Guangzhou Evergrande are strong favourites to win the Asian Champions League on home soil on November 9 after claiming a 2-2 draw in the away leg on Saturday (October 26). Moreover, after recently becoming Chinese champions for the third successive time, the club deemed the “Manchester United of Asia” could be set to become Asia’s first “super club,” according to a feature in The Guardian.
Brazilian attacker Elkeson after scoring in Seoul, image courtesy of The Guardian
A Chinese club hasn’t become Asian champion since Liaoning in 1990, but Guangzhou has swept all before them under World Cup-winning Italian coach Marcello Lippi this year, winning the semi-final 8-1 over two legs.
Although the outcome on Nov. 9 is far from a foregone conclusion, the first leg saw an encouraging performance and result by the Guangzhou team.
South Korea’s capital club took the lead in the 11th minute after a quickly taken free-kick caught the Guangzhou defense flat-footed and Sergio Escudero, a Spain-born naturalized Japanese striker, raced through the center to score.
The Chinese team turned the game around with goals either side of halftime: a header from Brazilian Elkeson after a corner and a close-range finish from Chinese forward Gao Lin.
FC Seoul’s Montenegrin striker Dejan Damajanovic equalised seven minutes from the end, giving the Koreans a better chance at upsetting the odds.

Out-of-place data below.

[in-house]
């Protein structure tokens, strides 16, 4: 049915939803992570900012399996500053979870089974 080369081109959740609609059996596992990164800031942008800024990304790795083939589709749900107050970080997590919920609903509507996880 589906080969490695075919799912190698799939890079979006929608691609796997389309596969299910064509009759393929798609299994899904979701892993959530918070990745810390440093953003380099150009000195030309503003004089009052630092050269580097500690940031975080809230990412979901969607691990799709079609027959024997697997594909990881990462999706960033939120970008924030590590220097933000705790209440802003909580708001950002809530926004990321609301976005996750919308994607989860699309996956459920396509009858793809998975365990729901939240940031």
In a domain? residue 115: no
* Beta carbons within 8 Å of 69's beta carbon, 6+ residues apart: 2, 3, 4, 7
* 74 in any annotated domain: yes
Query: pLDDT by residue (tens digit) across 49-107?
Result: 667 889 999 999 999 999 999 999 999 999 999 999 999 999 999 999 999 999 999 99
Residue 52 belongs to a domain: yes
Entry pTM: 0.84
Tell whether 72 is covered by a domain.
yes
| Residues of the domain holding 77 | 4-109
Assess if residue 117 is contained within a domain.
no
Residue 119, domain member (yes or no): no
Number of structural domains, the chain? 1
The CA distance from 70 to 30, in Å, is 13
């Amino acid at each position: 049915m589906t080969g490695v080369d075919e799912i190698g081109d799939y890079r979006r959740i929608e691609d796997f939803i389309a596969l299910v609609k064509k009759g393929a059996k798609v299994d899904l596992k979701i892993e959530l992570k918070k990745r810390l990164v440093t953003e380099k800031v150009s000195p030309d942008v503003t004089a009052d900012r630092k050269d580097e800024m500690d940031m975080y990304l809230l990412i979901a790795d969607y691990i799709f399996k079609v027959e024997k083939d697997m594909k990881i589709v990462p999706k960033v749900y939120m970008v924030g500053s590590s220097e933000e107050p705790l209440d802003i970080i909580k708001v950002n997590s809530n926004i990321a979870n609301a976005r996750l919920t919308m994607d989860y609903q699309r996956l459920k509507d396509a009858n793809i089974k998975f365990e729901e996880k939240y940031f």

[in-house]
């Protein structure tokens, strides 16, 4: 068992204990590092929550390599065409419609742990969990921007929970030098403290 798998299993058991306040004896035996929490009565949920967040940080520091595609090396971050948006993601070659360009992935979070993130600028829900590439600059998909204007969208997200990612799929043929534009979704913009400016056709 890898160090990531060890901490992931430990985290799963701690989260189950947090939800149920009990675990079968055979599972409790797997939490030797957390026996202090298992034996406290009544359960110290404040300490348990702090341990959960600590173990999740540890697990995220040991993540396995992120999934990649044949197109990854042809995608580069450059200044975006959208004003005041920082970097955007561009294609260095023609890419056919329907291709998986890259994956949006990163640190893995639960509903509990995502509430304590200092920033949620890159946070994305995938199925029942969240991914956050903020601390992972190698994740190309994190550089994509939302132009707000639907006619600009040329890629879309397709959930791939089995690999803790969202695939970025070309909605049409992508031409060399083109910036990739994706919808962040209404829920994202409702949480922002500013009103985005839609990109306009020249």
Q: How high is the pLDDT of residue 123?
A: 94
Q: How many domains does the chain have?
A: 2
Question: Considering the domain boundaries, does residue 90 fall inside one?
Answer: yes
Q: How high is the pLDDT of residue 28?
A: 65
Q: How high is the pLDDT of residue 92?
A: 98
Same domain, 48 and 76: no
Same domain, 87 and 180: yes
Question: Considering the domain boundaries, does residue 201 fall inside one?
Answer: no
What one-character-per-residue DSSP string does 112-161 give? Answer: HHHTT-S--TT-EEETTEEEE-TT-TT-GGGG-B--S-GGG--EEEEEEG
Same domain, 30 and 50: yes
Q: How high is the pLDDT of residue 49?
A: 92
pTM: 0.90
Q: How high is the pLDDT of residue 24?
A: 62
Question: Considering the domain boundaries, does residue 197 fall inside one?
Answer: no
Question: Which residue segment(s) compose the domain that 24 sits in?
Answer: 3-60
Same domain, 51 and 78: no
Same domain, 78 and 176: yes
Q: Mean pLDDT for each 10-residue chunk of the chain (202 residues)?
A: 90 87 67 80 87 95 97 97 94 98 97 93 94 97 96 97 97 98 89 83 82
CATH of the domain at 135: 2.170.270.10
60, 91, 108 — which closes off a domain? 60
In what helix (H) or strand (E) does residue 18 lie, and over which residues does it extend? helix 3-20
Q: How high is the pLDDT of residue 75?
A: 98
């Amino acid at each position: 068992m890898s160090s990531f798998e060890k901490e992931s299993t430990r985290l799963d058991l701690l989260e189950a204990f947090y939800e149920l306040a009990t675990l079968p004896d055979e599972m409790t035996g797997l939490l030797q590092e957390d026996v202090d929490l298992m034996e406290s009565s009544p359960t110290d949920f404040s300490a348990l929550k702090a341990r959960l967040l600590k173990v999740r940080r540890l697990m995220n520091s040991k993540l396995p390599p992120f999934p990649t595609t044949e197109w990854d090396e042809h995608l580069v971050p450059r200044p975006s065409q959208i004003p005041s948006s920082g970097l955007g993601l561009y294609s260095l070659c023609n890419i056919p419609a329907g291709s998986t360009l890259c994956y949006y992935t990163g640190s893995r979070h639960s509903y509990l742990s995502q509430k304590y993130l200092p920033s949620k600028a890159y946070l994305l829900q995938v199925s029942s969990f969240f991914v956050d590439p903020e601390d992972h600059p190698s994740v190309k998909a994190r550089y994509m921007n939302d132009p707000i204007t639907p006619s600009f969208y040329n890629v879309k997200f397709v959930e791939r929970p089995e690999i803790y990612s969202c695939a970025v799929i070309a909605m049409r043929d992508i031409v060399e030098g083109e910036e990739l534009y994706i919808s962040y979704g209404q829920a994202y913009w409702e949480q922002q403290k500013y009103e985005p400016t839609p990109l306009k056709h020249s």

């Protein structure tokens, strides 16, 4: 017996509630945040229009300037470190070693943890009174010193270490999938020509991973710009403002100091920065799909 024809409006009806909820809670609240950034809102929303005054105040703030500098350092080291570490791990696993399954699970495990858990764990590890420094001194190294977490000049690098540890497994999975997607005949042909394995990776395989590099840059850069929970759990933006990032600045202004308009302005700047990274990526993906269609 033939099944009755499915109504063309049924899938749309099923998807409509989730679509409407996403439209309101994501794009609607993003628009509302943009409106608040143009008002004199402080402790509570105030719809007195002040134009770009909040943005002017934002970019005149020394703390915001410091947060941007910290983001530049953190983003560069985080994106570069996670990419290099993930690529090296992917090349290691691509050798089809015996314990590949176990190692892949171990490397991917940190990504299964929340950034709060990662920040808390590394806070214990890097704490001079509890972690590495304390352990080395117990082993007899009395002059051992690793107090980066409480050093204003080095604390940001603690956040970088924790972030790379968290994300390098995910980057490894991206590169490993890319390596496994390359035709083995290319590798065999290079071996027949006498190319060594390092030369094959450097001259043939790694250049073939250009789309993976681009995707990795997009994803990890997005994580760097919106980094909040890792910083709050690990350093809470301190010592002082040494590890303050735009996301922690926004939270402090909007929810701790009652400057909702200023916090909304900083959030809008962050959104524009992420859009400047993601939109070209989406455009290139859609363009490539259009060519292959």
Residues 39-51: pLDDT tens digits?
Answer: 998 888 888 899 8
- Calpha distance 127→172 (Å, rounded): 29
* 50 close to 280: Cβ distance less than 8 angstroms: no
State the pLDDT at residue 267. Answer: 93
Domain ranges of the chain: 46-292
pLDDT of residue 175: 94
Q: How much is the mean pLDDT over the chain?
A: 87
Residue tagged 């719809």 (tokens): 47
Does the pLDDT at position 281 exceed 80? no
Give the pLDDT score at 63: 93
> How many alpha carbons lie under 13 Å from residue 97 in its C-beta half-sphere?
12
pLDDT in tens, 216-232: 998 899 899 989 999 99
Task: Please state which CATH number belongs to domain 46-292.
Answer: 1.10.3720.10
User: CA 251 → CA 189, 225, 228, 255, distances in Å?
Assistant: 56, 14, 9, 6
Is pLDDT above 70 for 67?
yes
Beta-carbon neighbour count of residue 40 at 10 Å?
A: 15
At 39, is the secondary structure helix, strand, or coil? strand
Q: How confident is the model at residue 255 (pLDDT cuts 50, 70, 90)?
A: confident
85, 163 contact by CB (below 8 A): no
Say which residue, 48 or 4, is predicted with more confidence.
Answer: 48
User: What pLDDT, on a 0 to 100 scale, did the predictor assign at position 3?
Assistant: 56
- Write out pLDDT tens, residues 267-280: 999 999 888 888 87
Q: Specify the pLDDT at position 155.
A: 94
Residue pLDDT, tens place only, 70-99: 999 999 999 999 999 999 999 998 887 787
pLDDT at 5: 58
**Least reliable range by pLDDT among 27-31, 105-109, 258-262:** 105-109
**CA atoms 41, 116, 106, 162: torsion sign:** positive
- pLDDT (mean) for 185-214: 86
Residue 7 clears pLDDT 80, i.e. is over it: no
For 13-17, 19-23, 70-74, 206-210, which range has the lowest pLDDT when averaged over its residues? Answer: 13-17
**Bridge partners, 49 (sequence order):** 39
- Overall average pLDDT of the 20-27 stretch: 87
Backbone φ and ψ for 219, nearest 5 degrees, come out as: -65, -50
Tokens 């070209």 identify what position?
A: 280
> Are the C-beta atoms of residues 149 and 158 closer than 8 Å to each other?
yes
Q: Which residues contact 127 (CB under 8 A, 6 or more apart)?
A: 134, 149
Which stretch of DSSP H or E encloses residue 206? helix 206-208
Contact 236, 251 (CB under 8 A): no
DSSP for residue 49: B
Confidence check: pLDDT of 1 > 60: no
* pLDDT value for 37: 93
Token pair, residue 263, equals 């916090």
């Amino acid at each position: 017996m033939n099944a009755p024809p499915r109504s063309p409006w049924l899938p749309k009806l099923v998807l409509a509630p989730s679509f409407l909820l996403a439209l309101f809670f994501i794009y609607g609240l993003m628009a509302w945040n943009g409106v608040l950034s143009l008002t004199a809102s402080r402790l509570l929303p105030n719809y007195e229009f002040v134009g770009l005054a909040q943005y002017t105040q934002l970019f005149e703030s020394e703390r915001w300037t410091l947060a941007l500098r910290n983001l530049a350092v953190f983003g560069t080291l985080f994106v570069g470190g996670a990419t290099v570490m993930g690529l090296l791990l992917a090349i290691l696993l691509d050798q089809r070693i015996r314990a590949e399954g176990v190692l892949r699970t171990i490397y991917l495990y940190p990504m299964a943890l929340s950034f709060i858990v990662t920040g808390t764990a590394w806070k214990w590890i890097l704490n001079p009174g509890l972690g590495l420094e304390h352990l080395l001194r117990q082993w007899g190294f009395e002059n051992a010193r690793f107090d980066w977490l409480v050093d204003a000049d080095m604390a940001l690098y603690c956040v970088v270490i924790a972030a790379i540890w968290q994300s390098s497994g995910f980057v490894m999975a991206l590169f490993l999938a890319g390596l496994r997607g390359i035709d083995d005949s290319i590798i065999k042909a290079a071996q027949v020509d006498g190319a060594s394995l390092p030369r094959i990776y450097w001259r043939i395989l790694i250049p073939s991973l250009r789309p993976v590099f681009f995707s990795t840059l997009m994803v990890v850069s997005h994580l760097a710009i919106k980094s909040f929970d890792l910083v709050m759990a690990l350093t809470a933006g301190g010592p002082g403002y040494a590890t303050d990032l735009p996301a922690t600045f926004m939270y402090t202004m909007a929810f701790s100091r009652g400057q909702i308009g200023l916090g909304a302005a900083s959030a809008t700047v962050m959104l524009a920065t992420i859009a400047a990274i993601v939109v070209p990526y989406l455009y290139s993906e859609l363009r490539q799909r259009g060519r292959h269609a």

A feature in The Guardian by John Duerden discusses the improving fortunes of the Guangzhou team that was in the second flight as recently as 2010:
Guangzhou are not the only Chinese team to spend big but they did it best, certainly better than Shanghai Shenhua with their ill-fated Anelka-Drogba adventure. Others have followed, such as Guangzhou R&F who are coached by Sven-Goran Eriksson, Lippi’s regular dining partner at a local Italian restaurant, but they are way behind. All this investment is partly the result of a political desire to see the Chinese game first cleansed of corruption and then improved to become Asia’s best. Businesses have been happy to spend, at least in part, to please officials at the local, regional and national level. The new president of China, Xi Jinping, is a big fan.
The one worry is that Evergrande may reduce support if the real estate market in China continues to be sluggish but fans care little and there are more and more of them. The club have plans to open supporters groups elsewhere in Asia as well as Europe and America. Guangzhou are determined to become ever grander on a global scale.
The Tianhe Stadium, where Evergrande play their home games, holds 50,000 but has an average attendance of just 45,000. Therefore you can probably get tickets if you go along on most match days, though obviously not on November 9.
Huang Bowen, one of China’s best players is a midfielder for Evergrande
Some of the useful players on show include Brazilian Elkeson, Argentine Dario Conca who has been described by his employers as “brilliant on the pitch and difficult off it”, and China’s Huang Bowen.
Now hopefully some of this success will rub off on the national team.